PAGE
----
If you want to create an honest portrayal of your company, make the investment in professional photographs. If your budget won't allow for this type of investment, follow these instructions to uncover better stock photography options for your business:

4. Skeuomorphic design

When I was little, I felt like my parents went to great lengths to embarrass me. Quite notably I remember their decision to purchase a Buick Estate Wagon equipped with "wood" paneling feeling like a personal attack on my social life. 

What I didn't realize at the time was that very station wagon would come in handy when attempting to explain skeuomorphic design to marketers nearly twenty years later... 

According to Techopedia, "skeuomorphism refers to a design principle in which design cues are taken from the physical world." The "wood" paneling on my parent's station wagon is the perfect example of just that. 

While the feature was designed to look like wood, it wasn't, in fact, made from wood. Get it?

A modern day example of skeuomorphism would be the pre-iOS 7 Apple icons:

Apple_skeuomorphic_design

(Image source: Phonearena)

While skeuomorphism employs familiar elements from the physical world to help users better identify online elements like icons and buttons, Apple designer, Jony Ive, found that as consumers continued to adapt, the need to specify began to diminish.

“When we sat down last November (to work on iOS 7), we understood that people had already become comfortable with touching glass, they didn’t need physical buttons, they understood the benefits,” he explained. 

“There was an incredible liberty in not having to reference the physical world so literally. We were trying to create an environment that was less specific. It got design out of the way.” (Source: USA Today)

Point being, if your website currently employs skeuomorphic design elements, they may no longer be entirely necessary. In fact, they could be dating your website.

5. Sidebars 

Click this!

Download that!

Fill out this form!

More than often, sidebars serve no purpose than to create noise and distract the visitors from the end goal. While many marketers see the sidebar as an opportunity to promote offers, collect email addresses, and highlight other pages, if nobody is looking there in the first place, none of this is being accomplished. 

Last year, we made the decision to get rid of the sidebar on our blog after heat map insight revealed that it wasn't getting any action. As a result, we were able to create contrast between the written content and the colorful CTA at the bottom of the post. This resulted in more eyeballs on our CTAs, which turned into a 71% increase in conversions. (For more on this process, check out this article.)

Topics:

Marketing Strategy
Published on March 17, 2015

Recent Articles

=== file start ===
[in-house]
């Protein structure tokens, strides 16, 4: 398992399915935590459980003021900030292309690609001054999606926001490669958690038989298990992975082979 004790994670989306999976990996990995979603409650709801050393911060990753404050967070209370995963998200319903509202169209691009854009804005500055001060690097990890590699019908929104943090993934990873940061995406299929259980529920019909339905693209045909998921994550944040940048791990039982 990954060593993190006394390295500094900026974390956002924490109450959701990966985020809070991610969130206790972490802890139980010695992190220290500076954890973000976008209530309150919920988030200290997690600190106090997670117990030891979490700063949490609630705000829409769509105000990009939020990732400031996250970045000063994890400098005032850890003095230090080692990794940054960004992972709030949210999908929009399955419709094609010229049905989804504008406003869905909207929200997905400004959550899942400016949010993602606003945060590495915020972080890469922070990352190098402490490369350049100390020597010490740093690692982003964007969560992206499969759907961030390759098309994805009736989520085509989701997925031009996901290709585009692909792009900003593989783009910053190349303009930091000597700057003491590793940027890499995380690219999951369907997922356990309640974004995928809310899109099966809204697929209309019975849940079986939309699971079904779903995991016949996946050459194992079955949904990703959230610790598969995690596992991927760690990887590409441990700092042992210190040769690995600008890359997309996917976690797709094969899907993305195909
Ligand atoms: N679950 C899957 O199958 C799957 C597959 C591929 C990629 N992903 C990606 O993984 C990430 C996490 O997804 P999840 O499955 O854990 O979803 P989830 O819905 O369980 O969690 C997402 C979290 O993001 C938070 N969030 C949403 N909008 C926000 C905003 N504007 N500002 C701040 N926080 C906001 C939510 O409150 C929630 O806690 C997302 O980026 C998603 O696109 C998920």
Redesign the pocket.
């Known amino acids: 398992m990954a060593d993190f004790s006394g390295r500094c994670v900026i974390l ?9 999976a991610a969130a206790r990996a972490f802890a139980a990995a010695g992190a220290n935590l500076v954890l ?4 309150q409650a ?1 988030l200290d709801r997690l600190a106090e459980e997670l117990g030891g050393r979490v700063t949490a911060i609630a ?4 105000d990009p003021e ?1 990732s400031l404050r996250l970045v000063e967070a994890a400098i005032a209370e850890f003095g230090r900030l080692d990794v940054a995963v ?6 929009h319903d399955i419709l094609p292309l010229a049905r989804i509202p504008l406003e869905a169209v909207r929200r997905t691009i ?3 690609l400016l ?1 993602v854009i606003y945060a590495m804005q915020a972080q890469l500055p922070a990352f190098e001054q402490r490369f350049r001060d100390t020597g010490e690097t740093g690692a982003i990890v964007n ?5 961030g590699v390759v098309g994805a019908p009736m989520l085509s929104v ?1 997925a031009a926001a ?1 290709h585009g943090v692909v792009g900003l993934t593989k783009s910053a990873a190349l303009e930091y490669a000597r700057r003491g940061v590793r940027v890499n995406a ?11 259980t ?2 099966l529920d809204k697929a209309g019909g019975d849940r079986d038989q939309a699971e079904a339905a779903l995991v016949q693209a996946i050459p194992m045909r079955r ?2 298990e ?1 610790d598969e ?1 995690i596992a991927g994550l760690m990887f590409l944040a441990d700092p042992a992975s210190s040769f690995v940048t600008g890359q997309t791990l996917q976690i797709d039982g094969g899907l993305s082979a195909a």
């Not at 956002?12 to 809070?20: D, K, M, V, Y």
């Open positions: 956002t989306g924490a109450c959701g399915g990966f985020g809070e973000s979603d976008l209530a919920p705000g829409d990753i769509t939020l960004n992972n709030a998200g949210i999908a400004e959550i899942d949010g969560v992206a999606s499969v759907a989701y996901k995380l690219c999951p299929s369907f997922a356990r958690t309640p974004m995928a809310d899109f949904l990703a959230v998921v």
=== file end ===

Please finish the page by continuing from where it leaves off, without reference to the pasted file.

How To Become a Better Coach (for Business Consultants, Sales Coaches, and Marketing Strategists)

By Kimberly Marshall on October 20, 2021
8 min read

Get Clients To Seek Your Approval, Not the Other Way Around (Podcast)

By Kimberly Marshall on October 13, 2021
1 min read

Why Your Business Always Needs to Invest in Marketing — in Bad Times and Good (+ Video)

By John Becker on October 7, 2021
8 min read

How to Grow a Digital Marketing Agency (with Coaching Services)

By Paul D. Grant on October 6, 2021
6 min read

Hire Freelance Writers with Caution (Read this First)

By Paul D. Grant on September 27, 2021
10 min read

5 Key Elements of a Winning Inbound Marketing Strategy

By Kimberly Marshall on September 14, 2021
14 min read

How to Get the Most Out of Your 2-week HubSpot Free Trial

By John Becker on September 13, 2021
5 min read

Free inbound marketing courses and training

By Paul D. Grant on September 10, 2021
4 min read

Drift report on pandemic fallout reveals seismic shift in marketing strategy

By Paul D. Grant on September 9, 2021
2 min read

How much HubSpot do I need?

By John Becker on August 17, 2021
4 min read

Inbound marketing strategy: 7 steps to success

By John Becker on August 11, 2021
8 min read

How can the StoryBrand framework be used for inbound marketing?

By Zach Basner on July 21, 2021
6 min read

8 business blog design examples that keep readers engaged

By Steve Polito on June 16, 2021
6 min read

Think you’re paying too much for HubSpot? Here’s how to get your money’s worth

By John Becker on May 5, 2021
5 min read

Do I need to hire a HubSpot specialist, or can someone on my team handle it?

By John Becker on April 30, 2021
4 min read

Every website agency talks about strategy; How is IMPACT different?

By John Becker on April 19, 2021
5 min read

Customers aren’t getting what they need from my website; What can I do immediately to change that?

By John Becker on March 8, 2021
6 min read

6 tips for creating a successful HubSpot and Salesforce integration

By Joe Bachir on February 12, 2021
5 min read

Is your marketing still relevant in 2021?

By John Becker on February 11, 2021
6 min read

How to best use your 2021 marketing budget so your company rebounds

By John Becker on February 8, 2021
4 min read

53 best marketing books you need to read (updated for 2021)

By Allison Melnik on January 21, 2021
15 min read

Digital marketing budget: How much should you spend per month?

By Eric Dunn on January 14, 2021
9 min read

The 10 marketing KPIs you should be tracking (updated for 2021)

By Carolyn Edgecomb on January 5, 2021
9 min read

How does IMPACT's website strategy blueprint process work? (schedule and outcomes)

By John Becker on December 18, 2020
5 min read

Is HubSpot a requirement for They Ask, You Answer Mastery clients?

By John Becker on December 16, 2020
4 min read